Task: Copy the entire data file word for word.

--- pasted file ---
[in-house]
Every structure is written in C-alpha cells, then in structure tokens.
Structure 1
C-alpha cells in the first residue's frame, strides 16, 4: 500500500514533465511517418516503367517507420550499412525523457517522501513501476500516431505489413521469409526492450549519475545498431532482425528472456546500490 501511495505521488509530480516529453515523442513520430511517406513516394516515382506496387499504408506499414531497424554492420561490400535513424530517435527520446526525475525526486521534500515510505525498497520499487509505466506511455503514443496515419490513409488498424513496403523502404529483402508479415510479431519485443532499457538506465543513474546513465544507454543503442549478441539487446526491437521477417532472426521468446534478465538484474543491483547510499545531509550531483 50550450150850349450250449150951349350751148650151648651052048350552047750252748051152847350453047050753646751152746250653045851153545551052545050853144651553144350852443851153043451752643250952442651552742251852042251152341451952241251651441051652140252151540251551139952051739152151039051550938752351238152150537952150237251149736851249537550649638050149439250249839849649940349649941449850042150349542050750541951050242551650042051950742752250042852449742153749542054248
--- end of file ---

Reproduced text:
[in-house]
Every structure is written in C-alpha cells, then in structure tokens.
Structure 1
C-alpha cells in the first residue's frame, strides 16, 4: 500500500514533465511517418516503367517507420550499412525523457517522501513501476500516431505489413521469409526492450549519475545498431532482425528472456546500490 501511495505521488509530480516529453515523442513520430511517406513516394516515382506496387499504408506499414531497424554492420561490400535513424530517435527520446526525475525526486521534500515510505525498497520499487509505466506511455503514443496515419490513409488498424513496403523502404529483402508479415510479431519485443532499457538506465543513474546513465544507454543503442549478441539487446526491437521477417532472426521468446534478465538484474543491483547510499545531509550531483 50550450150850349450250449150951349350751148650151648651052048350552047750252748051152847350453047050753646751152746250653045851153545551052545050853144651553144350852443851153043451752643250952442651552742251852042251152341451952241251651441051652140252151540251551139952051739152151039051550938752351238152150537952150237251149736851249537550649638050149439250249839849649940349649941449850042150349542050750541951050242551650042051950742752250042852449742153749542054248